Tai­wan – The Good Neigh­bour

Mus­ings are thoughts, the thought­ful kind. For the pur­pose of th­ese ar­ti­cles, a-mus­ings are thoughts that might amuse, en­ter­tain and even en­lighten.

The Star (St. Lucia) - - LOCAL - By Michael Walker

Ihave never made any se­cret of my ad­mi­ra­tion for Tai­wan or its stance against its over­bear­ing neigh­bour, but that is not the rea­son for this ar­ti­cle. Nei­ther is the abun­dance of gifts and as­sis­tance show­ered upon this is­land in the mere seven years since diplo­matic re­la­tions be­tween Tai­wan and St Lu­cia were re­sumed in 2007 the stim­u­lus for writ­ing to­day. No, the rea­son is sim­ple: Sup­port­ing Tai­wan is the Right Thing To Do. But let me ex­plain:

In 2011, the In­ter­na­tional En­ergy Agency ranked tiny Tai­wan as the 23rd largest emit­ter of car­bon diox­ide in the world. The is­land ac­counted for 0.84% of global emis­sions even though, be­tween 2008 and 2011, un­like the rest of the world, Tai­wan was able to re­duce the an­nual amount of car­bon diox­ide emis­sions by 0.9%. The av­er­age an­nual emis­sions in the rest of the world ac­tu­ally rose by 1.7%. Tai­wan is truly a good neigh­bour.

Like any good neigh­bour, Tai­wan shares its knowl­edge. In its ef­forts to tackle cli­mate change, Tai­wan has set up its own Mea­sure­ment, Re­port­ing and Ver­i­fi­ca­tion Sys­tem to share in­for­ma­tion with the global eco­nomic com­mu­nity. Tai­wan re­al­izes that no coun­try can stand alone, iso­lated from the rest of the world whilst shar­ing the same en­vi­ron­ment.

Tai­wan con­tin­ues to share its ex­pe­ri­ences in re­gard to cli­mate change and man­age­ment meth­ods. In 2008, Tai­wan signed an MoU with the Euro­pean Union on a Pa­cific Green­house Gases Mea­sure­ment Project. A year later, Tai­wan's In­dus­trial Tech­nol­ogy Re­search In­sti­tute and the United King­dom Car­bon Trust signed an MoU for fur­ther co­op­er­a­tion on Car­bon Foot­print La­bels. In 2014, Tai­wan and the United States of Amer­ica launched a joint pro­gramme, The In­ter­na­tional En­vi­ron­men­tal Part­ner­ship, to work to­wards ever more re­duc­tions in Green­house Gas Emis­sions, the de­vel­op­ment of sus­tain­able low-car­bon com­mu­ni­ties, and the strength­en­ing of cli­mate change adap­ta­tions.

In Septem­ber 2014, Tai­wan hosted the first Pan Pa­cific In­ter­na­tional Con­fer­ence on Cli­mate Change Adap­ta­tion. In ad­di­tion, Tai­wan has pro­moted co­op­er­a­tive projects on Food Se­cu­rity, En­ergy Se­cu­rity, Green En­ergy, Bio­di­ver­sity Con­ser­va­tion, Nat­u­ral Dis­as­ter Man­age­ment, Post Dis­as­ter Re­con­struc­tion, Foresta­tion, En­vi­ron­men­tal Pro­tec­tion, Wa­ter Re­source Man­age­ment, Drought Re­lief and LED Street Light­ing in Cen­tral Asia, the Caribbean, Latin Amer­ica, Africa, Europe and the Pa­cific – in other words: the whole world. Tai­wan is truly a Global Part­ner.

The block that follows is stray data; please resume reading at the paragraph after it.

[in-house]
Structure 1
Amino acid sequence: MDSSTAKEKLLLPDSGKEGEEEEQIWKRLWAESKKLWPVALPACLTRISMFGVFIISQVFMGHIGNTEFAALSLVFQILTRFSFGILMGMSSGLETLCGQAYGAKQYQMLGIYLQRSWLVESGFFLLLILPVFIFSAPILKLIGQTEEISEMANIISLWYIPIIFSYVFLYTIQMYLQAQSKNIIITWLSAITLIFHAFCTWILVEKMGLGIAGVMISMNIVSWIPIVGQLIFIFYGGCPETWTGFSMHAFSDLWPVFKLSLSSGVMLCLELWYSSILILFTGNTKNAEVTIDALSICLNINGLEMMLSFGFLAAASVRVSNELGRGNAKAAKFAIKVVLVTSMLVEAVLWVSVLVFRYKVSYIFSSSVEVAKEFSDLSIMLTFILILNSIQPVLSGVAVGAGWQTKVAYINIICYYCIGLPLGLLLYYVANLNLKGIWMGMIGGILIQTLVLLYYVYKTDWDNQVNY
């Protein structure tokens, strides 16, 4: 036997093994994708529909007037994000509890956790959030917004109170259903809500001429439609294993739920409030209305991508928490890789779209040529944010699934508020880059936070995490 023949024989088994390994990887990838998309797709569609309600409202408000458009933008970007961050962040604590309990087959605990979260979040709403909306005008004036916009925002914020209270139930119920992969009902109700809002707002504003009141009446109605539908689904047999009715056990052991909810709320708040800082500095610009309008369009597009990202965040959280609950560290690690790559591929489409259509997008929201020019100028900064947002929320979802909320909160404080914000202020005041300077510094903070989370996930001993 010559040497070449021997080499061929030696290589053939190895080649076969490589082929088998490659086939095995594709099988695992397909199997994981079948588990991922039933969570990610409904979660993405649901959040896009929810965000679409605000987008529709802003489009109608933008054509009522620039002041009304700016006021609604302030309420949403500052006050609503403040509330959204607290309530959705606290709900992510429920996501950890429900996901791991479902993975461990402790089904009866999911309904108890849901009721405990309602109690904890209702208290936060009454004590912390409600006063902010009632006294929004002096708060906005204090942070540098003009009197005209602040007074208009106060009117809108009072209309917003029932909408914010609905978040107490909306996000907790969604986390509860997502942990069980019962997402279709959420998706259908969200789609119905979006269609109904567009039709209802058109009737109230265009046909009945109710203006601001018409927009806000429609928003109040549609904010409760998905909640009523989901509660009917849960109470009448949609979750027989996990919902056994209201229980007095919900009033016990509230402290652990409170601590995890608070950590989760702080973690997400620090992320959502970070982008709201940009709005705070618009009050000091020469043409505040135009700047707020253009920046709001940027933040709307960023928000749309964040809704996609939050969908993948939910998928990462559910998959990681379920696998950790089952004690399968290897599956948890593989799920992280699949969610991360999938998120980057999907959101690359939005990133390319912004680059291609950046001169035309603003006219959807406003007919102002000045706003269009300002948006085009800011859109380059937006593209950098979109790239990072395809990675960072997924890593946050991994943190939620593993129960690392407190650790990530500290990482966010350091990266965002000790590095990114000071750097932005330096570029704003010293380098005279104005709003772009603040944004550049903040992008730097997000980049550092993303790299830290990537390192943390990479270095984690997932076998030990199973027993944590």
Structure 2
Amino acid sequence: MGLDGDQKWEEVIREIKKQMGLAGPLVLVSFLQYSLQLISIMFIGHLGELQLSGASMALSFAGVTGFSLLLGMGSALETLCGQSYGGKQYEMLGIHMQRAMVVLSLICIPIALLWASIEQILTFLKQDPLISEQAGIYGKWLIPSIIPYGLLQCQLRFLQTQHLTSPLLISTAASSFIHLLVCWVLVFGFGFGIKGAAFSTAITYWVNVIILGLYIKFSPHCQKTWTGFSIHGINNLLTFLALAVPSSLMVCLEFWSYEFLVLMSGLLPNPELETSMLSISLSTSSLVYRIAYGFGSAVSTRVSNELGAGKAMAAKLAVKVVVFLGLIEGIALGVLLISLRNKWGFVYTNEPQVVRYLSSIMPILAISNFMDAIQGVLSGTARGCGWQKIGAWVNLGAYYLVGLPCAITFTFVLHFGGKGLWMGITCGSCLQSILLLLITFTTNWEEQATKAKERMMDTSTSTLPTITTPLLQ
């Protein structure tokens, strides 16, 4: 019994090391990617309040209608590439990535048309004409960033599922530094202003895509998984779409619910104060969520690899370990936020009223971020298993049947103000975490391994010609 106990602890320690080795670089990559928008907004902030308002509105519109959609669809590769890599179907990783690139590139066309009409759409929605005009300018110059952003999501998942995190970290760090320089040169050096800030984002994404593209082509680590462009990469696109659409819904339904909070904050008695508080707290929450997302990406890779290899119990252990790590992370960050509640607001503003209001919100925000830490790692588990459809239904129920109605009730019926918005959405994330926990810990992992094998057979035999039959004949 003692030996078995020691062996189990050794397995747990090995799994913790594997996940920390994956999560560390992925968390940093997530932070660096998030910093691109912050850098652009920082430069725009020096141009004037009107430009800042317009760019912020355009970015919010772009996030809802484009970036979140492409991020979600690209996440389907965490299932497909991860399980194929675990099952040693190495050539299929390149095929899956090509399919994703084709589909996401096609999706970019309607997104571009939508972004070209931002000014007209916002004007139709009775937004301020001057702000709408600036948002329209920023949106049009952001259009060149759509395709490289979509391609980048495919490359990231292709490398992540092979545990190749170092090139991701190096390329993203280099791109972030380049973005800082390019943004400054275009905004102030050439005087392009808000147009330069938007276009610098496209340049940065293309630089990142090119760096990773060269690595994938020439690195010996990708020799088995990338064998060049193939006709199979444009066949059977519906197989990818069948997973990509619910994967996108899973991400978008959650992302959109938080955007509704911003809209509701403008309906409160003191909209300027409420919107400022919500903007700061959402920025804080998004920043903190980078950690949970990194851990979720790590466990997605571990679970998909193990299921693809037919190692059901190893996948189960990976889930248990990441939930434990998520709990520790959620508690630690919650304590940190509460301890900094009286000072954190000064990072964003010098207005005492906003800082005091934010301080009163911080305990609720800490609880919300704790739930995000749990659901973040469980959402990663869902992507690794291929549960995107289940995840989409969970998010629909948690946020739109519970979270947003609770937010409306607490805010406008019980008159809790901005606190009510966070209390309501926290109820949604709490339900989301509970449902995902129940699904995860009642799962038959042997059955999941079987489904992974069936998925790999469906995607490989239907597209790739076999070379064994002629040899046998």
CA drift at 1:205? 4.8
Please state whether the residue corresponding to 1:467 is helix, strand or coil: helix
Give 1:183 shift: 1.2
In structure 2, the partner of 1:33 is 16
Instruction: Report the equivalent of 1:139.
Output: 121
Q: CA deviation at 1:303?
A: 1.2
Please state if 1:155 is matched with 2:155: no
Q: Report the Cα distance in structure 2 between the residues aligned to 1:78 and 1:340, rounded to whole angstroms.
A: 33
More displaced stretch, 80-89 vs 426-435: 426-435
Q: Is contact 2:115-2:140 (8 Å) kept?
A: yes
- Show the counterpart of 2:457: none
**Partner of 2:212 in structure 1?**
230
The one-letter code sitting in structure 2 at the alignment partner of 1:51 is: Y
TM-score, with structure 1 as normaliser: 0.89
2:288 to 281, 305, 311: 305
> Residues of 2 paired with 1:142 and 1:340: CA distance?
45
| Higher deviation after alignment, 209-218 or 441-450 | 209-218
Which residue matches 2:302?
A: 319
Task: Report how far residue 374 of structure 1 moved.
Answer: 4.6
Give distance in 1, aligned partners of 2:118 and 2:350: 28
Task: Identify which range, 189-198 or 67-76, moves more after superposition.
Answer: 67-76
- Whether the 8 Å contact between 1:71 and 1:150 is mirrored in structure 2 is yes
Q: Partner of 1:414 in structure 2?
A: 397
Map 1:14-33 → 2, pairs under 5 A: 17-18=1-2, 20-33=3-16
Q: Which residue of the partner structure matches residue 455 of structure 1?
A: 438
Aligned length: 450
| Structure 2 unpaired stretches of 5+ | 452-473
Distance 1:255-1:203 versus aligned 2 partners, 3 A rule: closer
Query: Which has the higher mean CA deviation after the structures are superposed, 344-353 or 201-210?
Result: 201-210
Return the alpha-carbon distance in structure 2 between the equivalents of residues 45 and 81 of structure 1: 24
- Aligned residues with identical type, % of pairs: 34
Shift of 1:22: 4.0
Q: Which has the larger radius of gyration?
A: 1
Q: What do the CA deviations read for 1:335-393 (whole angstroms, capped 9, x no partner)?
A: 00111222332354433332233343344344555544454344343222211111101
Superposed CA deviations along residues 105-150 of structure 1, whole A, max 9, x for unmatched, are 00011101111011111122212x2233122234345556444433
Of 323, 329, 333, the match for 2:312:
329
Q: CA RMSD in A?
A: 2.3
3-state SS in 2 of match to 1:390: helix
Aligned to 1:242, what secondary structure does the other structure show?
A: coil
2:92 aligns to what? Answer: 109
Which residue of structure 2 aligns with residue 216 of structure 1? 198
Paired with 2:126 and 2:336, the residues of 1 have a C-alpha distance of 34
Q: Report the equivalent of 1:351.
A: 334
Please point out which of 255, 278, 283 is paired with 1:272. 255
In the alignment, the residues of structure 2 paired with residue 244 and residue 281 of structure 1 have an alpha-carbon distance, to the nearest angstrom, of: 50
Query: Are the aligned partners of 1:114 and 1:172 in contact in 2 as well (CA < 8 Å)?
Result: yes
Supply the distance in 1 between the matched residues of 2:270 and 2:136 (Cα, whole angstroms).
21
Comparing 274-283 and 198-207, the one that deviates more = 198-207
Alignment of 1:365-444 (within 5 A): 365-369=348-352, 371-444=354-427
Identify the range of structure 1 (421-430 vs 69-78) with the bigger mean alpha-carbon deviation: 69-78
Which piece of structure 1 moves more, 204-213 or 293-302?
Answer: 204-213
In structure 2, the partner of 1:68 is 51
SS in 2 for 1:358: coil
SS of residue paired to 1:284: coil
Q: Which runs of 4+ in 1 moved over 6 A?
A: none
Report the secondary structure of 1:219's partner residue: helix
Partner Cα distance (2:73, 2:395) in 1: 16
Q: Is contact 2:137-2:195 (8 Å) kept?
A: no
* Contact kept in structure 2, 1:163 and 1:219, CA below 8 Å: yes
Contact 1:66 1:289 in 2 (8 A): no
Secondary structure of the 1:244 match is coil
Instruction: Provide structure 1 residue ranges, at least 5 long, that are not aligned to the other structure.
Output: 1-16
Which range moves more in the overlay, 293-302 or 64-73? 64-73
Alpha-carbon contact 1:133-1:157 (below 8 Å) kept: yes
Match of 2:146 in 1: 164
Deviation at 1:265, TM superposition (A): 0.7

Se­ri­ously Folks, Tai­wan has worked as­sid­u­ously, not only on its own be­half, but also on the be­half of the Global Com­mu­nity. Tai­wan is a true friend and good neigh­bour. Where would Saint Lu­cia be with­out the help of Tai­wan?

Tai­wan is no stranger to ad­ver­sity. In 2009, Ty­phoon Mo­rakot brought the heav­i­est rain­fall in Tai­wan's his­tory that caused the deaths of 700 of its peo­ple. To date, almost US 4 bil­lion dol­lars have been spent on re­con­struc­tion ef­forts. The Tai­wanese are a de­ter­mined, re­silient peo­ple, used to stand­ing alone, used to solv­ing prob­lems. Yet Tai­wan is al­ways ready to help its al­lies.

Since 2009, Tai­wan has en­joyed “ob­server sta­tus” un­der the des­ig­na­tion “Chi­nese Taipei” on var­i­ous oc­ca­sions: For ex­am­ple, the World Health Assem­bly since 2009 and the In­ter­na­tional Civil Avi­a­tion Or­ga­ni­za­tion since 2013.

Presently, Tai­wan par­tic­i­pates at the United Na­tions Frame­work Con­ven­tion on Cli­mate Change un­der the name of the In­dus­trial Tech­nol­ogy Re­search In­sti­tute, one of Tai­wan's NGOs, which is one of the flies in an oth­er­wise pleas­ant oint­ment; it is sim­ply not enough! But let me ex­plain:

First of all: I am angry, dis­ap­pointed and dis­il­lu­sioned at the hypocrisy and delu­sion that per­vades global po­lit­i­cal life. Yes, I un­der­stand that the fic­tion of One China helps solves many prob­lems: the Tai­wanese can visit Main­land China with­out visas, and vice versa, be­cause the con­ve­nience of ac­cept­ing the “One China Pol­icy” with­out mak­ing waves works for ev­ery­one. But Folks, Tai­wan has bent over back­wards to ac­com­mo­date its gi­gan­tic neigh­bour; it even goes so far as to call it­self “Chi­nese Taipei”, so let's cut this fab­u­lous lit­tle coun­try some slack and al­low it to fully par­tic­i­pate in the UNFCCC as an Ob­server, which will al­low the coun­try a well de­served role in the work­ings of the Con­ven­tion.

Tai­wan oc­cu­pies a cen­tral po­si­tion, ge­o­graph­i­cally, po­lit­i­cally and en­vi­ron­men­tally in Asia. Not al­low­ing Tai­wan to share its tech­ni­cal know-how and ex­pe­ri­ences to the full with the world com­mu­nity is noth­ing short of crim­i­nal.

I call upon the Gov­ern­ment of Saint Lu­cia to do “The Right Thing” by Tai­wan and support, no – more than that – pro­mote, the coun­try's de­sire to par­tic­i­pate in the UNFCCC un­der the name of “Tai­wan's En­vi­ron­men­tal Pro­tec­tion Ad­min­is­tra­tion, or “EPA, Chi­nese Taipei”, which would al­low Tai­wan, as an Ob­server, to en­hance the global un­der­stand­ing of cli­mate change trends and is­sues. Come on, St Lu­cia, show your true colours!

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